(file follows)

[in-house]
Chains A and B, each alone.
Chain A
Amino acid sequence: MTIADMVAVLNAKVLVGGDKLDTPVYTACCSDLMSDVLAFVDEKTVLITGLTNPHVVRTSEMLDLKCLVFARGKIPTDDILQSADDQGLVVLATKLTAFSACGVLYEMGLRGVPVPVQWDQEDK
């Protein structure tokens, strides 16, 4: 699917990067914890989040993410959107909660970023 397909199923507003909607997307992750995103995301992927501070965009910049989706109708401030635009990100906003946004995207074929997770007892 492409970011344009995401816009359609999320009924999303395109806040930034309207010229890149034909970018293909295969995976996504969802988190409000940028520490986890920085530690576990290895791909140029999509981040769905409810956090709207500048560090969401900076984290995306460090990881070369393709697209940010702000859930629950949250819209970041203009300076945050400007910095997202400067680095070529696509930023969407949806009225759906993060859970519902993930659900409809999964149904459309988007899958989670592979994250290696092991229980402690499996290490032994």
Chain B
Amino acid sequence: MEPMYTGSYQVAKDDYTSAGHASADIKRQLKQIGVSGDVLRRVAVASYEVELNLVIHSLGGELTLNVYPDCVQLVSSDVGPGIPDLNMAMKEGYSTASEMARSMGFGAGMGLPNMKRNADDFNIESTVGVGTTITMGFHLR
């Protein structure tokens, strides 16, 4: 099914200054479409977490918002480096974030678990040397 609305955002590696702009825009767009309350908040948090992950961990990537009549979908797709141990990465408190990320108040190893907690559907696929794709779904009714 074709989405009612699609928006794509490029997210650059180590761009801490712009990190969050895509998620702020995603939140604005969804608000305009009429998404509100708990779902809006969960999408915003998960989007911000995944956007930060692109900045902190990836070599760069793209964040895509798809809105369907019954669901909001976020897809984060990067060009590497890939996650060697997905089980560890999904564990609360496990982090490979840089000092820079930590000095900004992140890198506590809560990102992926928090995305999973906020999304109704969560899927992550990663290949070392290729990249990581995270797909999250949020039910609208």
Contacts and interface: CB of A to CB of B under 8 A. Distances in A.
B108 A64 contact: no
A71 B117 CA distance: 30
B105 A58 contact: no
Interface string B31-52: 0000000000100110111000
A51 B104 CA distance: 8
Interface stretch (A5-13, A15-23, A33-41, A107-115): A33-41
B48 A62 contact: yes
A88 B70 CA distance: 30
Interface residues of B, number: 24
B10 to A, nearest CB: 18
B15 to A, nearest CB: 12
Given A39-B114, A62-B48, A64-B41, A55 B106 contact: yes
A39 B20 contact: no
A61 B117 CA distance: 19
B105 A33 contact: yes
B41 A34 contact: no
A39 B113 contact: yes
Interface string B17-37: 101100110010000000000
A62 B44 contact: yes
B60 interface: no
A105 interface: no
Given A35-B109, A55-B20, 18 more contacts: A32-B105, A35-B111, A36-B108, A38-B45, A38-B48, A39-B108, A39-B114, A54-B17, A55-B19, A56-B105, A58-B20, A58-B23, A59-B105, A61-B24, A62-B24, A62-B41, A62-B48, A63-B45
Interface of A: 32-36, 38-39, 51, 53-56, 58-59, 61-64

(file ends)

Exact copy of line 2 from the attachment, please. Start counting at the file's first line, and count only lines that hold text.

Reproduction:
Chains A and B, each alone.